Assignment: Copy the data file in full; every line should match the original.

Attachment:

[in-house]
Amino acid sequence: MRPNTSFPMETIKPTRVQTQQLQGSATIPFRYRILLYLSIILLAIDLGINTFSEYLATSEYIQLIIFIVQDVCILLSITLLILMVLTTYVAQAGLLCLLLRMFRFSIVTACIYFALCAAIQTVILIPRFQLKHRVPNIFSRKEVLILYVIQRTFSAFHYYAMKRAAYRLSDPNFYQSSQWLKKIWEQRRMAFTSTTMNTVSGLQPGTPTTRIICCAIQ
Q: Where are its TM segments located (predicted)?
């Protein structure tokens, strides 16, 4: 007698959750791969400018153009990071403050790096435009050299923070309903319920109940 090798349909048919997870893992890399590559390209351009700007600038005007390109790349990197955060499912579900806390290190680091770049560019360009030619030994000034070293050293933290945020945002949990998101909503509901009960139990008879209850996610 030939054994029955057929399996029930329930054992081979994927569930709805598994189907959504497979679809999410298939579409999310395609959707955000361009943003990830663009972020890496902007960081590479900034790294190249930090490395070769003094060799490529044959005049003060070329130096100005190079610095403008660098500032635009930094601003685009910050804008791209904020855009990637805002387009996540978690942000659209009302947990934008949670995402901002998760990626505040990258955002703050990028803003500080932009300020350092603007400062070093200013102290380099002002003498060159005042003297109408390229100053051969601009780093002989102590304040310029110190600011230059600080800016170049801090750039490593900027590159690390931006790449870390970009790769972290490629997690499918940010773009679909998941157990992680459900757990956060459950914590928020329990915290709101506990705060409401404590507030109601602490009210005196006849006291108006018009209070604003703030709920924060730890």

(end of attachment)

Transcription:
[in-house]
Amino acid sequence: MRPNTSFPMETIKPTRVQTQQLQGSATIPFRYRILLYLSIILLAIDLGINTFSEYLATSEYIQLIIFIVQDVCILLSITLLILMVLTTYVAQAGLLCLLLRMFRFSIVTACIYFALCAAIQTVILIPRFQLKHRVPNIFSRKEVLILYVIQRTFSAFHYYAMKRAAYRLSDPNFYQSSQWLKKIWEQRRMAFTSTTMNTVSGLQPGTPTTRIICCAIQ
Q: Where are its TM segments located (predicted)?
């Protein structure tokens, strides 16, 4: 007698959750791969400018153009990071403050790096435009050299923070309903319920109940 090798349909048919997870893992890399590559390209351009700007600038005007390109790349990197955060499912579900806390290190680091770049560019360009030619030994000034070293050293933290945020945002949990998101909503509901009960139990008879209850996610 030939054994029955057929399996029930329930054992081979994927569930709805598994189907959504497979679809999410298939579409999310395609959707955000361009943003990830663009972020890496902007960081590479900034790294190249930090490395070769003094060799490529044959005049003060070329130096100005190079610095403008660098500032635009930094601003685009910050804008791209904020855009990637805002387009996540978690942000659209009302947990934008949670995402901002998760990626505040990258955002703050990028803003500080932009300020350092603007400062070093200013102290380099002002003498060159005042003297109408390229100053051969601009780093002989102590304040310029110190600011230059600080800016170049801090750039490593900027590159690390931006790449870390970009790769972290490629997690499918940010773009679909998941157990992680459900757990956060459950914590928020329990915290709101506990705060409401404590507030109601602490009210005196006849006291108006018009209070604003703030709920924060730890």